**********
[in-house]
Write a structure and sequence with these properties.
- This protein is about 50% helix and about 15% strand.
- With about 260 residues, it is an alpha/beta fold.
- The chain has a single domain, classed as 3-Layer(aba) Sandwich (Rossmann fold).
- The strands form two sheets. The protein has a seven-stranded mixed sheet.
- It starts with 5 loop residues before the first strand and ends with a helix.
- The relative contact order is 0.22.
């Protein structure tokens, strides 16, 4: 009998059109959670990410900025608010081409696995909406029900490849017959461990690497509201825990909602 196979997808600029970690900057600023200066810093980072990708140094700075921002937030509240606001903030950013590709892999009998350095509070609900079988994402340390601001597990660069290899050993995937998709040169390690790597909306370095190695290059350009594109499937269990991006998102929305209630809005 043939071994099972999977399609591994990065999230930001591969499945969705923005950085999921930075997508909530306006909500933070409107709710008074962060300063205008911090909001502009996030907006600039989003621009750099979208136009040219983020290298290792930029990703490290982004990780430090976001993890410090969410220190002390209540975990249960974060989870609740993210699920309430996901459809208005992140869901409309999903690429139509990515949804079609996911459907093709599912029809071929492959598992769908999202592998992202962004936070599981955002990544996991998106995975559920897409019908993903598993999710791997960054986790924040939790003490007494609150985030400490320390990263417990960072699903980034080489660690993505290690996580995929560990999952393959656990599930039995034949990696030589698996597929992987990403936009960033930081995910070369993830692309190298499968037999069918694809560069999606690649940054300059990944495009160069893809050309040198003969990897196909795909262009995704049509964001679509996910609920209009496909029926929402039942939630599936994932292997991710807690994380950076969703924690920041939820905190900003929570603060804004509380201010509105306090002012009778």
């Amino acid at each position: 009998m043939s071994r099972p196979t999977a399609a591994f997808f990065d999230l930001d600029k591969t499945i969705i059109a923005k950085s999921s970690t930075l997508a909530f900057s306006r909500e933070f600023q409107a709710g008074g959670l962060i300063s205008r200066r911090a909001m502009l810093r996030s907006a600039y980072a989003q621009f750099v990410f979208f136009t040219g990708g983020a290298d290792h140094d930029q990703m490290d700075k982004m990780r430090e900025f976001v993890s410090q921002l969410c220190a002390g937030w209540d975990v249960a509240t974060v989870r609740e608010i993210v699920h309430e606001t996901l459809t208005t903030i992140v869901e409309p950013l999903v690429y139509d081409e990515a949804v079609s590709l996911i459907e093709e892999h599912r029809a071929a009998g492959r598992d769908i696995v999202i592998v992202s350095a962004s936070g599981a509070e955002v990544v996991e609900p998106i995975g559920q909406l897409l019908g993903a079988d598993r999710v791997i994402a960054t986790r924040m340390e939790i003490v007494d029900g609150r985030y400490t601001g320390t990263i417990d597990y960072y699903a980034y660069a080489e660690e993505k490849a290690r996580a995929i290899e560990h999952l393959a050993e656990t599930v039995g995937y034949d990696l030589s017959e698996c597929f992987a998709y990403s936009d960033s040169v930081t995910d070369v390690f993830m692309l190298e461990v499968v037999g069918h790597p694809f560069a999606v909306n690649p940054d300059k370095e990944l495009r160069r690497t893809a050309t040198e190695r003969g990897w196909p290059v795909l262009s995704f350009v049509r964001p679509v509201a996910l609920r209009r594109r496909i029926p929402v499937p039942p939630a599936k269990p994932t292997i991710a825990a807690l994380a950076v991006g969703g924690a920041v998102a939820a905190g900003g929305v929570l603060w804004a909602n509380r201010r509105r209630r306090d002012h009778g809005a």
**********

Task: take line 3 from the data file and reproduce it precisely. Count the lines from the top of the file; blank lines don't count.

- This protein is about 50% helix and about 15% strand.